Title

Meanings Surrounding Genetics Nurses' Lived Experience Relating to Encountered Ethical Concerns

Date of Award

2006

Degree Type

Dissertation

Degree Name

Doctor of Philosophy (PhD)

Department

Nursing

First Advisor

Sherry Hartman

Advisor Department

Nursing

Abstract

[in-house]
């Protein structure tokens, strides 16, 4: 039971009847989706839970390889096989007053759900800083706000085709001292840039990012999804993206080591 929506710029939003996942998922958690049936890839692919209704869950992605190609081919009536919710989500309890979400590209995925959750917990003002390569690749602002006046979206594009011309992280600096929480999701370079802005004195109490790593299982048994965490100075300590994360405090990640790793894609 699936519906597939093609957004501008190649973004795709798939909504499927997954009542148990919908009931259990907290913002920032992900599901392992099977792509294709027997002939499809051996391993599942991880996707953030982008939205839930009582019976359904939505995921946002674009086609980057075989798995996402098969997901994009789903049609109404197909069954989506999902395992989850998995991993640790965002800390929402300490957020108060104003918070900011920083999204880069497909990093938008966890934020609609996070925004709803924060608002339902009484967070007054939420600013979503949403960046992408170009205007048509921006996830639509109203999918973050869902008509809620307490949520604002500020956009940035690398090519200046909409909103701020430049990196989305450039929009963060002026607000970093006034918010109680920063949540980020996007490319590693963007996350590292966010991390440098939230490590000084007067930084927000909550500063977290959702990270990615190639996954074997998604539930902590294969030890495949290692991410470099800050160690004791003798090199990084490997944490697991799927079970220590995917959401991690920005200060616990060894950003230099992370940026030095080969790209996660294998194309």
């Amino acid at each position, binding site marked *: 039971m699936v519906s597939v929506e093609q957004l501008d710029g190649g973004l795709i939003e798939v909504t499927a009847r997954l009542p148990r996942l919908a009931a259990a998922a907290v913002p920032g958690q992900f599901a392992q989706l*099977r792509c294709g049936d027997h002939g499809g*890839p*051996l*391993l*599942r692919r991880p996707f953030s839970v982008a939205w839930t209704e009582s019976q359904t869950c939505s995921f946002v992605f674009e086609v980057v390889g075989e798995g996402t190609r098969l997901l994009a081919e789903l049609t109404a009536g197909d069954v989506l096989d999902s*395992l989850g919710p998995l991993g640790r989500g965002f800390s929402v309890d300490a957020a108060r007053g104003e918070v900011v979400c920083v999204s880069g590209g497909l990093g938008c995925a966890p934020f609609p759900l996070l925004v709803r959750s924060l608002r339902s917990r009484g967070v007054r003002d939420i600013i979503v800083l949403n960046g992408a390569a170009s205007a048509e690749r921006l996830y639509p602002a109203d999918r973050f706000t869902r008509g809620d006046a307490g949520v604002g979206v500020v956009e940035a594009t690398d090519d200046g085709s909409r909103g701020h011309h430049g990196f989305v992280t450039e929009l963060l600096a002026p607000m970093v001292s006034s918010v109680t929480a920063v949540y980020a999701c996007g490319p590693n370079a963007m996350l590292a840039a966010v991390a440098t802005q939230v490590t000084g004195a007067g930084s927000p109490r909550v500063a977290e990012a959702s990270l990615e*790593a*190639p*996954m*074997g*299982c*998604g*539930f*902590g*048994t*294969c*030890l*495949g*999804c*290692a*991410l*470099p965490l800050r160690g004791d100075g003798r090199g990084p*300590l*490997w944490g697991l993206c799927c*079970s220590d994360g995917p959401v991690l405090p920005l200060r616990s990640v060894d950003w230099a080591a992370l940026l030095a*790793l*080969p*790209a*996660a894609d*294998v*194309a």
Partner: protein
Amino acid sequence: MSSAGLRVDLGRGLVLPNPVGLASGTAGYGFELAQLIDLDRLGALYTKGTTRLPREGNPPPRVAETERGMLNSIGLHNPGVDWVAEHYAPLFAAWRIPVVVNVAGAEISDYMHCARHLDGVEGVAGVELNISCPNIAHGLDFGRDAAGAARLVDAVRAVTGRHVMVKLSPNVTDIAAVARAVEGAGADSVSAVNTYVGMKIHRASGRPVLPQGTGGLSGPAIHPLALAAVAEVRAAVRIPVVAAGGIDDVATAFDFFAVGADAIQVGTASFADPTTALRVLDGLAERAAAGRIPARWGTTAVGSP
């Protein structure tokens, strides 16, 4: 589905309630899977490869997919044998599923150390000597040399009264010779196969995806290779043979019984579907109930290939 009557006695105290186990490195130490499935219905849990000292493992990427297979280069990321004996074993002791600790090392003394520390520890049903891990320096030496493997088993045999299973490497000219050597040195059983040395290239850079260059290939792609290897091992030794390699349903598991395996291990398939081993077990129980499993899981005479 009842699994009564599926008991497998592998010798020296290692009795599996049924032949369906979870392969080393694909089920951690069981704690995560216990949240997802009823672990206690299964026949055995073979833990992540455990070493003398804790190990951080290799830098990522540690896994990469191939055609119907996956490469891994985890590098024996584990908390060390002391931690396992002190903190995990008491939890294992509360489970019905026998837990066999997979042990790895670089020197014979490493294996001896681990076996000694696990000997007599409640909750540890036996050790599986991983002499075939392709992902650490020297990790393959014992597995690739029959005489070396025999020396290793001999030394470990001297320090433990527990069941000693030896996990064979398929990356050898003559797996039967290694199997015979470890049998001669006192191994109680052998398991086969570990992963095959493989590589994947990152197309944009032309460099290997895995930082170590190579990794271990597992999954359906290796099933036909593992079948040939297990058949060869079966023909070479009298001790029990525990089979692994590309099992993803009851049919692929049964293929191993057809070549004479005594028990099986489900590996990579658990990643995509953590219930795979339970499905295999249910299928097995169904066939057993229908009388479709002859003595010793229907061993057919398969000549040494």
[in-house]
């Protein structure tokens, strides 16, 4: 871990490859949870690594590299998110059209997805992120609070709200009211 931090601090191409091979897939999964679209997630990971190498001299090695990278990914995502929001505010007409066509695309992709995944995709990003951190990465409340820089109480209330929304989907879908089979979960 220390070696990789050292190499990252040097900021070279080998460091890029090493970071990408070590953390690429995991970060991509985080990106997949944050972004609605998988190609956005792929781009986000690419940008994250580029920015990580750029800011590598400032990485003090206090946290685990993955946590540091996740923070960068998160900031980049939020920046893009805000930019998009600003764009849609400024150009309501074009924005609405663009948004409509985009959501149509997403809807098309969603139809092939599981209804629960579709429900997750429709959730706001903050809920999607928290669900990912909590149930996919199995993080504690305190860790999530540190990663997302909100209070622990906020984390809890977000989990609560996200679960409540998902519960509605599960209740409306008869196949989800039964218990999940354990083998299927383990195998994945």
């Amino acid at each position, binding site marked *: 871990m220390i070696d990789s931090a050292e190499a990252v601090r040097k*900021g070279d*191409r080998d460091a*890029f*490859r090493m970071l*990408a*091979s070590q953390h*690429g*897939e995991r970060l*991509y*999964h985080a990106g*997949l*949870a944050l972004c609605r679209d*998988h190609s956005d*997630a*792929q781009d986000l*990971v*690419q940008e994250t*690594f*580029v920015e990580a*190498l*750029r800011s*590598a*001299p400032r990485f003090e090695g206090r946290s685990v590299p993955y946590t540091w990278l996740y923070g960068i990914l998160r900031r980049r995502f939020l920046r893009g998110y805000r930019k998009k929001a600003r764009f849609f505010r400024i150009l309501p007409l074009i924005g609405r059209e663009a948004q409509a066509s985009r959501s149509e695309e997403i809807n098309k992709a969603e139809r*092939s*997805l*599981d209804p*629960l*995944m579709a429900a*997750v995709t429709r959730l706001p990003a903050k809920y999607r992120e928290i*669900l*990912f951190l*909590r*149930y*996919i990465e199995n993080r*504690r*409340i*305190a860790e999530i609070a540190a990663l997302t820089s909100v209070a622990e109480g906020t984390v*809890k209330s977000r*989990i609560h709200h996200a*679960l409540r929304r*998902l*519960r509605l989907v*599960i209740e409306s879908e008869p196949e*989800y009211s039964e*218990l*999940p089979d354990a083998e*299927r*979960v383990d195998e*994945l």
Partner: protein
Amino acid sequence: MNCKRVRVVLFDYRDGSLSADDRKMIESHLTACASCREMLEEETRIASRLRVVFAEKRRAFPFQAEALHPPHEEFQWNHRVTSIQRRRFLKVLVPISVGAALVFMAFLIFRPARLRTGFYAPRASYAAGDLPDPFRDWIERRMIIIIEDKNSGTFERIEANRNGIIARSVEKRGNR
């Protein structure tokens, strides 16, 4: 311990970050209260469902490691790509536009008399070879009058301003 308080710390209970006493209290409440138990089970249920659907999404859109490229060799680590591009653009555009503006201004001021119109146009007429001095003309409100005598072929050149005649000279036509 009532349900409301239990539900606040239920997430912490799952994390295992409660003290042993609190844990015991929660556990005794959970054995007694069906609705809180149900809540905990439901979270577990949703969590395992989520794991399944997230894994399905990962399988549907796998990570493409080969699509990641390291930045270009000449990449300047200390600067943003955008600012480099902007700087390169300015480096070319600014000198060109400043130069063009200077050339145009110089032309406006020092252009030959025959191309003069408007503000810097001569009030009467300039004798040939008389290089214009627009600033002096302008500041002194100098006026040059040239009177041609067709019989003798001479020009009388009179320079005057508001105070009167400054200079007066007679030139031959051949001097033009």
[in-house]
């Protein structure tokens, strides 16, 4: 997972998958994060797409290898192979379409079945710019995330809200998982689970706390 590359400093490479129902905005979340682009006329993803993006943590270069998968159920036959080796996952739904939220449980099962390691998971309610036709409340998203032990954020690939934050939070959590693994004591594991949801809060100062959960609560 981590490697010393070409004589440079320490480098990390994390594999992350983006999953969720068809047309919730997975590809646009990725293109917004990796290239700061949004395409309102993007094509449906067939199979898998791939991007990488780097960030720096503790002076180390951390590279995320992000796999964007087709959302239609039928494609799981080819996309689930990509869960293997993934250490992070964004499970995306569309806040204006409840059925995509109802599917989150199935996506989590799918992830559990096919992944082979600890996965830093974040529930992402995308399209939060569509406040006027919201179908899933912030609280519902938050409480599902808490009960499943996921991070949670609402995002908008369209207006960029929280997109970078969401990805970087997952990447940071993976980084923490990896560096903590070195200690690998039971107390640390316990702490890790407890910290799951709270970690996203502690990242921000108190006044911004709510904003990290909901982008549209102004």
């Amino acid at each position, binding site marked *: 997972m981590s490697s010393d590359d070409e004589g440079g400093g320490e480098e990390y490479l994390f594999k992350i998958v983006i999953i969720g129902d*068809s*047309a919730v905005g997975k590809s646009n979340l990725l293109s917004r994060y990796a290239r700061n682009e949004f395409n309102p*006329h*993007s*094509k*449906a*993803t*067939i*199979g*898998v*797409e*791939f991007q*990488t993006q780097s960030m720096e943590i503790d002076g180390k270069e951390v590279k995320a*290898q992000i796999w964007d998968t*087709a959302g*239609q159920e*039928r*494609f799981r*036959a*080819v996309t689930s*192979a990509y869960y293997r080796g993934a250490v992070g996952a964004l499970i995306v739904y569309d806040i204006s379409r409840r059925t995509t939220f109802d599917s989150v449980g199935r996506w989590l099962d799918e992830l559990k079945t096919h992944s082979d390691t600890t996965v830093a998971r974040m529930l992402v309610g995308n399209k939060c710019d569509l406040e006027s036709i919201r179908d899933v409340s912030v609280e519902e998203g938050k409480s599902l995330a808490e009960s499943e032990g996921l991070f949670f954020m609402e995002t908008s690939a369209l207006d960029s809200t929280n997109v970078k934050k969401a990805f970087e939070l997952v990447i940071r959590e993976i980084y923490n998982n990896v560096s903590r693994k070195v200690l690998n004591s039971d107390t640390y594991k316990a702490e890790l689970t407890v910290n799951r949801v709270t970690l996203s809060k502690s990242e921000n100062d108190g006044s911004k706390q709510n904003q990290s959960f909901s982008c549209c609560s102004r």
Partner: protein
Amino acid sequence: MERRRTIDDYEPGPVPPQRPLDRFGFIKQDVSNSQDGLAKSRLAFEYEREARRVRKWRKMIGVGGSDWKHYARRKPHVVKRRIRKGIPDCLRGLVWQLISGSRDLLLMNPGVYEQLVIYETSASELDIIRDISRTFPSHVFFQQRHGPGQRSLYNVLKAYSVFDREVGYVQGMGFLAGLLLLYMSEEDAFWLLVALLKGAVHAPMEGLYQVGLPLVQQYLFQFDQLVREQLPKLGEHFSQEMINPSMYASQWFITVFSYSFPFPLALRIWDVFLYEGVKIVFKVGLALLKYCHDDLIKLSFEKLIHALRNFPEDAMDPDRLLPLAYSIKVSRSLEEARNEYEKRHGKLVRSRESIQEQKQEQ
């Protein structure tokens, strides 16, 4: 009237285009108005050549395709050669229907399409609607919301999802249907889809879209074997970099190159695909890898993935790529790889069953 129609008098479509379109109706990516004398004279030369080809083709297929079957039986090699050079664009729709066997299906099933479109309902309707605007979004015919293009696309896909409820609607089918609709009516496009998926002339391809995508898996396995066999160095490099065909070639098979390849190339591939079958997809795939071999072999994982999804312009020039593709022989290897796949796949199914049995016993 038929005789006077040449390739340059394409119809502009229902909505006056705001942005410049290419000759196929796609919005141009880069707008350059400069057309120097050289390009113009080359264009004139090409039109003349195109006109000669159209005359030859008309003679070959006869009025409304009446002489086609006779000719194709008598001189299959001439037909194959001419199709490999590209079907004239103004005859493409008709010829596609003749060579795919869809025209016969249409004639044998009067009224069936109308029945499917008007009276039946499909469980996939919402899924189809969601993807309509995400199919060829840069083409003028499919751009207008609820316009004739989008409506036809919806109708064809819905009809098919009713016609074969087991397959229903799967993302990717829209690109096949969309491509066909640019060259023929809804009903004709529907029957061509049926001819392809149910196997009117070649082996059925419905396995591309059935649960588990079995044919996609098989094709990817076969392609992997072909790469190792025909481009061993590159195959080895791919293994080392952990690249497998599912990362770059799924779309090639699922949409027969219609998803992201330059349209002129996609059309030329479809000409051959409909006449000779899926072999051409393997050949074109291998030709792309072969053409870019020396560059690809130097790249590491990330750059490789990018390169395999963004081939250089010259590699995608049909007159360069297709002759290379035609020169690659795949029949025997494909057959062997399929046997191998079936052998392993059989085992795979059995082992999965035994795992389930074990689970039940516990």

Information obtained from the Human Genome Project (HGP) will provide health care providers with the possibility of improved prevention detection, and innovative treatment for patients with genetic disorders. Genetics nurses are the most likely health care professionals to interface with the majority of patients and their families at all levels at some point in the provision of genetic health care. It is imperative that as the knowledge of genetics technology grows that our ethical understanding continues to evolve in order to meet the needs of the patients. Understanding what it means to be a genetics nurse as it related to encountered ethical concerns is a significant missing piece in the nursing literature. The purpose of this research study was to examine and describe the meaning of the lived experience of the genetics nurse as it relates to encountered ethical concerns. This study used Munhall's and van Manen's methodological perspectives to explore meanings surrounding genetics nurses experience. A modified version of ISONG's definition of genetics nursing was used to guide sample selection. For purposes of the study genetics nursing was defined as: nursing care that focuses on providing care to patients and their families, who have known genetic conditions/ and or birth defects, or who are at risk to develop them. Participants for the research study were obtained using both purposeful and snowball sampling techniques. Initially, purposeful sampling was used to obtain the participants for the study. Five face to face interviews and three phone interviews were conducted. The interviews lasted from 1 to 2 hours. Six follow-up phone interviews were conducted for clarification purposes lasting 5 to 10 minutes each. Data analysis began with the first interview. Each recorded interview was transcribed verbatim and analyzed using van Manen's thematic analysis techniques. Data analysis revealed seven interwoven themes and two sub themes: (a) not your ordinary nurse-patient relationship, sub themes of this theme were, unique bond and caring for (b) shared pain and suffering, (c) my job is to educate, empower and equip, (d) it's not my decision, (e) fight for the patient, (f) the anger surrounding misinformation, and (g) the complexity and conflicts of maintaining confidentiality. Understanding the ethical nature of caring for the patient with a genetic disorder will benefit the genetics nurse by increasing the ethical knowledge related to caring for a patient with a genetic disorder. This new knowledge will improve patient care. In understanding the meaning of the encountered ethical concerns genetics nurses will better understand what values and beliefs they bring to the ethical decision making process, and what ethical issues they are likely to encounter. The ethical knowledge and meaning gained from this research study will benefit both the genetics nurse and the generalist nurse.